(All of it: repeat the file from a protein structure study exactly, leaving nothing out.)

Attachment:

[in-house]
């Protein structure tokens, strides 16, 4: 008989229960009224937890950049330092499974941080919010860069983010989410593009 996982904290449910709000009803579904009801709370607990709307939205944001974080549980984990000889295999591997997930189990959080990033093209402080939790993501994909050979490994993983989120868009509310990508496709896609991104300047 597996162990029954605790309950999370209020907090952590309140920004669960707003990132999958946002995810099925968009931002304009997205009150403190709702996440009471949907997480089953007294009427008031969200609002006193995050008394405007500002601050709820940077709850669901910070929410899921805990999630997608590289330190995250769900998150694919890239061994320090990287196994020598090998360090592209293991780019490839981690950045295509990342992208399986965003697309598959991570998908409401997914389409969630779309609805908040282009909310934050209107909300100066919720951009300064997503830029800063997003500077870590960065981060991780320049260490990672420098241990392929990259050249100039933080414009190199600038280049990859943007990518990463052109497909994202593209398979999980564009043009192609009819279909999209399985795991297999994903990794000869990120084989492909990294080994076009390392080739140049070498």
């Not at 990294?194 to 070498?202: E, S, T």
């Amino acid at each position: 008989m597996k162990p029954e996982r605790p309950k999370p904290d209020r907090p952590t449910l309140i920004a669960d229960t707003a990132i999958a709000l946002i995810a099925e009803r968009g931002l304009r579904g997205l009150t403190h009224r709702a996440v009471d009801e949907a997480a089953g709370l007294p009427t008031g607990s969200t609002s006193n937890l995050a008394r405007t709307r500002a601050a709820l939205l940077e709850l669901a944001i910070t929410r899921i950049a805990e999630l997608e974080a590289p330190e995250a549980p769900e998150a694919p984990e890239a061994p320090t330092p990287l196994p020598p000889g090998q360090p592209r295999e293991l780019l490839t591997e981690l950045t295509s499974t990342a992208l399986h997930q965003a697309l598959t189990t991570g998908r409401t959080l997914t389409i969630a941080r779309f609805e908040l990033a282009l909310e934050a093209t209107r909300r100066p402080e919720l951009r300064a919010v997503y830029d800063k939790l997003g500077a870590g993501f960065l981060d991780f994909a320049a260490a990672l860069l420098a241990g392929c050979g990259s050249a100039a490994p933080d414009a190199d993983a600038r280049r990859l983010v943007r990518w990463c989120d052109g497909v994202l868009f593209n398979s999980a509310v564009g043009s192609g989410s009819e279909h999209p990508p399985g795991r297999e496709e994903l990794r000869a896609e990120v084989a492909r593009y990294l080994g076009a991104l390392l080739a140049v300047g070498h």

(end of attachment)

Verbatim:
[in-house]
């Protein structure tokens, strides 16, 4: 008989229960009224937890950049330092499974941080919010860069983010989410593009 996982904290449910709000009803579904009801709370607990709307939205944001974080549980984990000889295999591997997930189990959080990033093209402080939790993501994909050979490994993983989120868009509310990508496709896609991104300047 597996162990029954605790309950999370209020907090952590309140920004669960707003990132999958946002995810099925968009931002304009997205009150403190709702996440009471949907997480089953007294009427008031969200609002006193995050008394405007500002601050709820940077709850669901910070929410899921805990999630997608590289330190995250769900998150694919890239061994320090990287196994020598090998360090592209293991780019490839981690950045295509990342992208399986965003697309598959991570998908409401997914389409969630779309609805908040282009909310934050209107909300100066919720951009300064997503830029800063997003500077870590960065981060991780320049260490990672420098241990392929990259050249100039933080414009190199600038280049990859943007990518990463052109497909994202593209398979999980564009043009192609009819279909999209399985795991297999994903990794000869990120084989492909990294080994076009390392080739140049070498």
């Not at 990294?194 to 070498?202: E, S, T």
């Amino acid at each position: 008989m597996k162990p029954e996982r605790p309950k999370p904290d209020r907090p952590t449910l309140i920004a669960d229960t707003a990132i999958a709000l946002i995810a099925e009803r968009g931002l304009r579904g997205l009150t403190h009224r709702a996440v009471d009801e949907a997480a089953g709370l007294p009427t008031g607990s969200t609002s006193n937890l995050a008394r405007t709307r500002a601050a709820l939205l940077e709850l669901a944001i910070t929410r899921i950049a805990e999630l997608e974080a590289p330190e995250a549980p769900e998150a694919p984990e890239a061994p320090t330092p990287l196994p020598p000889g090998q360090p592209r295999e293991l780019l490839t591997e981690l950045t295509s499974t990342a992208l399986h997930q965003a697309l598959t189990t991570g998908r409401t959080l997914t389409i969630a941080r779309f609805e908040l990033a282009l909310e934050a093209t209107r909300r100066p402080e919720l951009r300064a919010v997503y830029d800063k939790l997003g500077a870590g993501f960065l981060d991780f994909a320049a260490a990672l860069l420098a241990g392929c050979g990259s050249a100039a490994p933080d414009a190199d993983a600038r280049r990859l983010v943007r990518w990463c989120d052109g497909v994202l868009f593209n398979s999980a509310v564009g043009s192609g989410s009819e279909h999209p990508p399985g795991r297999e496709e994903l990794r000869a896609e990120v084989a492909r593009y990294l080994g076009a991104l390392l080739a140049v300047g070498h």